The People's Perspective on Medicine

Chamomile

Chamomile tea in a glass cup on a white table

Two different plants carry the common name chamomile. One of them, M. chamomilla, is sometimes referred to as Hungarian, German, or genuine chamomile to distinguish it from C. nobile, Roman or English chamomile.

The older terminology for C. nobile is Anthemis nobilis. These very popular herbs are used almost interchangeably. Their chemistry is somewhat different, however.

Chamomile has a long-standing reputation as being good for almost anything that might ail a body.

Millions of children have learned about one of its most widespread uses, treating indigestion due to dietary indiscretion, from Beatrix Potter’s The Tale of Peter Rabbit.

Chamomile has small, white daisylike flowers with a yellow center. The flower is the part of the herb that is used.

Active Ingredients

M. chamomilla: German chamomile flowers contain about 0.5 percent of a volatile oil that is light blue. The most important constituents of the oil are bisabolol and related compounds and matricin.

Bisabolol has significant antispasmodic and anti-inflammatory activity.

Up to half of the oil is chamazulene, formed from matricin during heating.

Flavonoids in the flowers, apigenin and luteolin, are also active. In addition, the coumarins herniarin and umbelliferone may also quell inflammation and quiet smooth muscle spasms.

No single ingredient has been identified as responsible for the benefits of chamomile.

C. nobile: Roman chamomile flowers contain from 0.5 to 2.5 percent essential oil, which does not contain bisabolol.

The flavonoid ingredients are similar, though not identical, to those of M. chamomilla.

Uses of Chamomile

Both types of chamomile have traditionally been used in tea to treat digestive distress including stomachache, cramps, colitis, and flatulence.

Several of the constituents, bisabolol, for example, show antispasmodic activity in the test tube. In animal experiments, bisabolol also protects the stomach against ulcers caused by alcohol or indomethacin (a potent arthritis drug that often causes ulcers).

Another traditional use has been to relieve menstrual cramps.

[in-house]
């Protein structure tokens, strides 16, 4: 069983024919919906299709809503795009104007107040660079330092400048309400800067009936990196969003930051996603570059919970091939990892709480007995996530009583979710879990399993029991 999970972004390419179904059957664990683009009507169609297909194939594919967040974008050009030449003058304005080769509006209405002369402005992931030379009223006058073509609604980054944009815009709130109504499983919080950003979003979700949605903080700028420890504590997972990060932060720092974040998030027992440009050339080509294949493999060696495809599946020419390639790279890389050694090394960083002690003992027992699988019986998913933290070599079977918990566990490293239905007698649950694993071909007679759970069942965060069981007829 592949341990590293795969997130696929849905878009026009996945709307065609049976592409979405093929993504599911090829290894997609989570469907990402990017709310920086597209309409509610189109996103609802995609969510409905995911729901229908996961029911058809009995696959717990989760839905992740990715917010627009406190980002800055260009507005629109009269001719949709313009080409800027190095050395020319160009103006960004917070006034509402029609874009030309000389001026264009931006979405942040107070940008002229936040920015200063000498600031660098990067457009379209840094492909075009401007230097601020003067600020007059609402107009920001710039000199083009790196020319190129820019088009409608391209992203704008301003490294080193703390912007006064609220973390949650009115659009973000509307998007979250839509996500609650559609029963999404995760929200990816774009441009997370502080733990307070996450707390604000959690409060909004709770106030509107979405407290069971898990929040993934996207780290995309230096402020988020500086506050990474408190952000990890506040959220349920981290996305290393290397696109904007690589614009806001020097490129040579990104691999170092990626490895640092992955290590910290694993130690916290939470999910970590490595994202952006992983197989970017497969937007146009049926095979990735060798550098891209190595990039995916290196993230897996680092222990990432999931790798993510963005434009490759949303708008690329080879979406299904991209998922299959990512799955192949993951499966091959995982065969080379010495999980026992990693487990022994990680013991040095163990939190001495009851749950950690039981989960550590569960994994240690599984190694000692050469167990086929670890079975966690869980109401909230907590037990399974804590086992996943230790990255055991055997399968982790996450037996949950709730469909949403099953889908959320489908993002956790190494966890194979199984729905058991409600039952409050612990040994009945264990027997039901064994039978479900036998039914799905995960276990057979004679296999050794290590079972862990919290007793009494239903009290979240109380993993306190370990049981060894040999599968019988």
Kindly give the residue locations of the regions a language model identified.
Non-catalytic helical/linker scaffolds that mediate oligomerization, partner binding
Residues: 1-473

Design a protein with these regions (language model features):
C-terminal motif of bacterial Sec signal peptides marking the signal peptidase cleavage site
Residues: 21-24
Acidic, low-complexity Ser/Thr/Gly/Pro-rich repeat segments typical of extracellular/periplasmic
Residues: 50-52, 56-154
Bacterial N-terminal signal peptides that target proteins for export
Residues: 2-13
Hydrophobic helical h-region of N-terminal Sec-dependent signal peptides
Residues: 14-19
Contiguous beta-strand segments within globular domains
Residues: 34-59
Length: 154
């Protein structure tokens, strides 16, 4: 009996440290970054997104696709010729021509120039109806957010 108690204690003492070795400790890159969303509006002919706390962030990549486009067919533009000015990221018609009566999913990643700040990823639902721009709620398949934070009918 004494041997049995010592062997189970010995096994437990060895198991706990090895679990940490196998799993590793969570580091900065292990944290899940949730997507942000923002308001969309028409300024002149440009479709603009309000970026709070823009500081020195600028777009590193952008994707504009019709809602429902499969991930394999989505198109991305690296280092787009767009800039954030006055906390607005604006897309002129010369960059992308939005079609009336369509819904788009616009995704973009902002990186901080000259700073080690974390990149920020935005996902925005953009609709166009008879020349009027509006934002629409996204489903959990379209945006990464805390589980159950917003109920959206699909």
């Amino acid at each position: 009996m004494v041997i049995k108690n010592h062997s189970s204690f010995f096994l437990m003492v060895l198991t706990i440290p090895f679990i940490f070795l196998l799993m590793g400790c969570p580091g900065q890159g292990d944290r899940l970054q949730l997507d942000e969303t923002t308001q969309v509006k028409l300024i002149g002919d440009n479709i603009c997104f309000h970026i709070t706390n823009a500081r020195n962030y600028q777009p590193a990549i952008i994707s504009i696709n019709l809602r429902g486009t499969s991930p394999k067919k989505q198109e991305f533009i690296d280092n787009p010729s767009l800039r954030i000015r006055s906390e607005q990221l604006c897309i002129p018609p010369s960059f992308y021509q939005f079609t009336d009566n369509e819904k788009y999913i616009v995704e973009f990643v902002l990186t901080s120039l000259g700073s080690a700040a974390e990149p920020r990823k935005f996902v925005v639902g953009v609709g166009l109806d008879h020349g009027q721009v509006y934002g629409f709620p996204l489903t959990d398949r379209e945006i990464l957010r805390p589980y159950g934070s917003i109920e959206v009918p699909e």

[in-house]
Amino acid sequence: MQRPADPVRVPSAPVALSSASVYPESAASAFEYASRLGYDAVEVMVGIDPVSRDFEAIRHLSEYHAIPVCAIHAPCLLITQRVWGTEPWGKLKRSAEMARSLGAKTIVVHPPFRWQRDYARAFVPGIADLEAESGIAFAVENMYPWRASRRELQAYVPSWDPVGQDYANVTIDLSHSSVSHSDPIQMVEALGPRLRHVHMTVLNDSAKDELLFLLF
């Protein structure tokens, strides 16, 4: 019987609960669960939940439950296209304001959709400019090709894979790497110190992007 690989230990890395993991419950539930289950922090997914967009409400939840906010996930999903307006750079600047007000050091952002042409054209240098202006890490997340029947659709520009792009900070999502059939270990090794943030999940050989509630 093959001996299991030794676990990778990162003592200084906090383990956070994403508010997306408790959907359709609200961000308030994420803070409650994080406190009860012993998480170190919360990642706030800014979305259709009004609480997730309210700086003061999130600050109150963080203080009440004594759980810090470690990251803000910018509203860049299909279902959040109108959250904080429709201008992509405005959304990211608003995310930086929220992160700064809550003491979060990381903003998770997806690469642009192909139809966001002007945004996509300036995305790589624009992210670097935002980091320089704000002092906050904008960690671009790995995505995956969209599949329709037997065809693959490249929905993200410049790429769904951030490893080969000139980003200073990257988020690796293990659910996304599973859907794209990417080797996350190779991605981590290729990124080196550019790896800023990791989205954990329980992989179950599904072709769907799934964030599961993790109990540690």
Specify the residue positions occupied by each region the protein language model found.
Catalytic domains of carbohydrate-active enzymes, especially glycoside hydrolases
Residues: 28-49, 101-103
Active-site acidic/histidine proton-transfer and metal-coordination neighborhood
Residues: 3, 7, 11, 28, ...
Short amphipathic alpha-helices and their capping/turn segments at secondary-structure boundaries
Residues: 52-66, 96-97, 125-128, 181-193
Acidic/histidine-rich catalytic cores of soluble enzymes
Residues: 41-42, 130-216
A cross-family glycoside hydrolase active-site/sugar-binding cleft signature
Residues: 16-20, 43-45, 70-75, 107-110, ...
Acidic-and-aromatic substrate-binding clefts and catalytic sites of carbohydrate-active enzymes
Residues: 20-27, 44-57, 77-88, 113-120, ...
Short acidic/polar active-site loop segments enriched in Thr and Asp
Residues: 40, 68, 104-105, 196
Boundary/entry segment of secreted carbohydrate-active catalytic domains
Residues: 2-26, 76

Chamomile infusions are also used to stimulate the appetite and to aid digestion.

Chamomile tea is considered a mild sleep aid. In one study, it was effective in helping 80 percent of the patients awaiting cardiac catheterization get to sleep.

It is also used as a gentle treatment for fevers. Bisabolol can reduce fever in rats.

The essential oils are not very soluble in water; as a result, the dose of active ingredients delivered in the usual cup of chamomile tea is low.

Dr. Norman Farnsworth of the University of Illinois has suggested, however, that regular use of chamomile tea over an extended period has cumulative benefits.

Chamomile preparations are also used topically for red, inflamed skin and as a mouthwash or gargle. Components of this plant have antibacterial and antifungal activity.

Both bisabolol and the flavonoids are nearly as active as indomethacin in reducing inflammation in animal tests. Bisabolol helps burns heal faster under experimental conditions.

People with colds sometimes breathe in the vapors from a steaming cup of chamomile tea. This pleasantly aromatic steam is believed to help relieve congestion of the nose and lungs, at least for a short time unless you develop allergies or other symptoms.

Chamomile Dose

To make the tea, pour approximately 2/3 cup boiling water over 1 or 2 teaspoons dried chamomile flowers and steep at least five minutes.

For digestive problems, drink tea three to four times a day, between meals. There are no limitations on duration of use.

Special Precautions

Chamomile, like feverfew, belongs to the family of asters. Anyone allergic to ragweed, chrysanthemums, or other flowers in the family should probably avoid use of this herb as a sensible precaution.

Allergic reactions have been reported, characterized by abdominal cramps, hives, tongue thickness, swelling of the lips and throat, or difficulty breathing.

Chamomile should not be used to wash out the eyes or the area immediately around the eyes.

Adverse Effects

Ingesting large amounts of dried chamomile flowers can cause vomiting.

Possible Interactions

Interactions have not been reported.

There is a theoretical possibility, however, that taking another medication at the same time as chamomile tea could delay absorption of the other drug.

No interactions with the anticoagulant Coumadin have been reported, but in theory the coumarins in chamomile might potentiate this drug’s effect. Careful monitoring of bleeding time (through PT and INR) are recommended if chamomile is to be used together with Coumadin.

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    About the Author
    Joe Graedon is a pharmacologist who has dedicated his career to making drug information understandable to consumers. His best-selling book, The People’s Pharmacy, was published in 1976 and led to a syndicated newspaper column, syndicated public radio show and web site. In 2006, Long Island University awarded him an honorary doctorate as “one of the country's leading drug experts for the consumer.” .
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